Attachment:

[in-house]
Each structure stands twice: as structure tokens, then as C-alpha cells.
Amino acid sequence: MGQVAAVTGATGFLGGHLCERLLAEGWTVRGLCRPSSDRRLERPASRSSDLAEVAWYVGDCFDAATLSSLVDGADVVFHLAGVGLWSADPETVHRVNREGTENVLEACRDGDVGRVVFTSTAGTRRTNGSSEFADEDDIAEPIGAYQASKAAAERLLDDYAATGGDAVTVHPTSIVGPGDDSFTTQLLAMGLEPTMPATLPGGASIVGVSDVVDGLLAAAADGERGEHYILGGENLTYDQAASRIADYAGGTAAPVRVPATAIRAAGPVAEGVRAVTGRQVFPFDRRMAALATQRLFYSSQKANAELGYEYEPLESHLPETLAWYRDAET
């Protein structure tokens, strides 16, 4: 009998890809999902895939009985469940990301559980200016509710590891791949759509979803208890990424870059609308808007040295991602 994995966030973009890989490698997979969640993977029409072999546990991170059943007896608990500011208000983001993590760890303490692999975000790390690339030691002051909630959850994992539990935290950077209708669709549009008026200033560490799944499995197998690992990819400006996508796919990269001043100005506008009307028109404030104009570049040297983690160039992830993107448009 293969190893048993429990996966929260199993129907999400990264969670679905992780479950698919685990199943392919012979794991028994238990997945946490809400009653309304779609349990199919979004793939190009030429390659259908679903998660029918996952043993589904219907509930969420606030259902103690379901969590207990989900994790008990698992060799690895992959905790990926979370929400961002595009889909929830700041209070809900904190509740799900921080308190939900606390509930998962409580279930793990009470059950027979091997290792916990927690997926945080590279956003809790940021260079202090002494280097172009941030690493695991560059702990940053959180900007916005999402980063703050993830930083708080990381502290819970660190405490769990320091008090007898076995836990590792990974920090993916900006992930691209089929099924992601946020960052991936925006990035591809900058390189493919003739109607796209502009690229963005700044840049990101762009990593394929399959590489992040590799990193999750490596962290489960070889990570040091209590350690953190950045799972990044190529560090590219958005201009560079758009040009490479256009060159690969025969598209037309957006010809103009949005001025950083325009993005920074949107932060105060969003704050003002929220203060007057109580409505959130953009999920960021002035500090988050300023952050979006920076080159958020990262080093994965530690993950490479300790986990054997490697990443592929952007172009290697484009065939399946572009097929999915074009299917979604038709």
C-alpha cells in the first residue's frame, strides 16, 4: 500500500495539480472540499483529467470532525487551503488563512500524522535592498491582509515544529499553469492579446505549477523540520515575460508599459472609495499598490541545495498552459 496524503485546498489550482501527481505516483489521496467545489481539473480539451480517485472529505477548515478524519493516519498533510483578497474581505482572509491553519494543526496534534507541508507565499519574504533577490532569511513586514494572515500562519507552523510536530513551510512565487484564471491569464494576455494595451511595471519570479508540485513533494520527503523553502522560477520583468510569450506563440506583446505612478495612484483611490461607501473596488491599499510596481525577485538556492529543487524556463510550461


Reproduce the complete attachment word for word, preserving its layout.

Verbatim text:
[in-house]
Each structure stands twice: as structure tokens, then as C-alpha cells.
Amino acid sequence: MGQVAAVTGATGFLGGHLCERLLAEGWTVRGLCRPSSDRRLERPASRSSDLAEVAWYVGDCFDAATLSSLVDGADVVFHLAGVGLWSADPETVHRVNREGTENVLEACRDGDVGRVVFTSTAGTRRTNGSSEFADEDDIAEPIGAYQASKAAAERLLDDYAATGGDAVTVHPTSIVGPGDDSFTTQLLAMGLEPTMPATLPGGASIVGVSDVVDGLLAAAADGERGEHYILGGENLTYDQAASRIADYAGGTAAPVRVPATAIRAAGPVAEGVRAVTGRQVFPFDRRMAALATQRLFYSSQKANAELGYEYEPLESHLPETLAWYRDAET
């Protein structure tokens, strides 16, 4: 009998890809999902895939009985469940990301559980200016509710590891791949759509979803208890990424870059609308808007040295991602 994995966030973009890989490698997979969640993977029409072999546990991170059943007896608990500011208000983001993590760890303490692999975000790390690339030691002051909630959850994992539990935290950077209708669709549009008026200033560490799944499995197998690992990819400006996508796919990269001043100005506008009307028109404030104009570049040297983690160039992830993107448009 293969190893048993429990996966929260199993129907999400990264969670679905992780479950698919685990199943392919012979794991028994238990997945946490809400009653309304779609349990199919979004793939190009030429390659259908679903998660029918996952043993589904219907509930969420606030259902103690379901969590207990989900994790008990698992060799690895992959905790990926979370929400961002595009889909929830700041209070809900904190509740799900921080308190939900606390509930998962409580279930793990009470059950027979091997290792916990927690997926945080590279956003809790940021260079202090002494280097172009941030690493695991560059702990940053959180900007916005999402980063703050993830930083708080990381502290819970660190405490769990320091008090007898076995836990590792990974920090993916900006992930691209089929099924992601946020960052991936925006990035591809900058390189493919003739109607796209502009690229963005700044840049990101762009990593394929399959590489992040590799990193999750490596962290489960070889990570040091209590350690953190950045799972990044190529560090590219958005201009560079758009040009490479256009060159690969025969598209037309957006010809103009949005001025950083325009993005920074949107932060105060969003704050003002929220203060007057109580409505959130953009999920960021002035500090988050300023952050979006920076080159958020990262080093994965530690993950490479300790986990054997490697990443592929952007172009290697484009065939399946572009097929999915074009299917979604038709």
C-alpha cells in the first residue's frame, strides 16, 4: 500500500495539480472540499483529467470532525487551503488563512500524522535592498491582509515544529499553469492579446505549477523540520515575460508599459472609495499598490541545495498552459 496524503485546498489550482501527481505516483489521496467545489481539473480539451480517485472529505477548515478524519493516519498533510483578497474581505482572509491553519494543526496534534507541508507565499519574504533577490532569511513586514494572515500562519507552523510536530513551510512565487484564471491569464494576455494595451511595471519570479508540485513533494520527503523553502522560477520583468510569450506563440506583446505612478495612484483611490461607501473596488491599499510596481525577485538556492529543487524556463510550461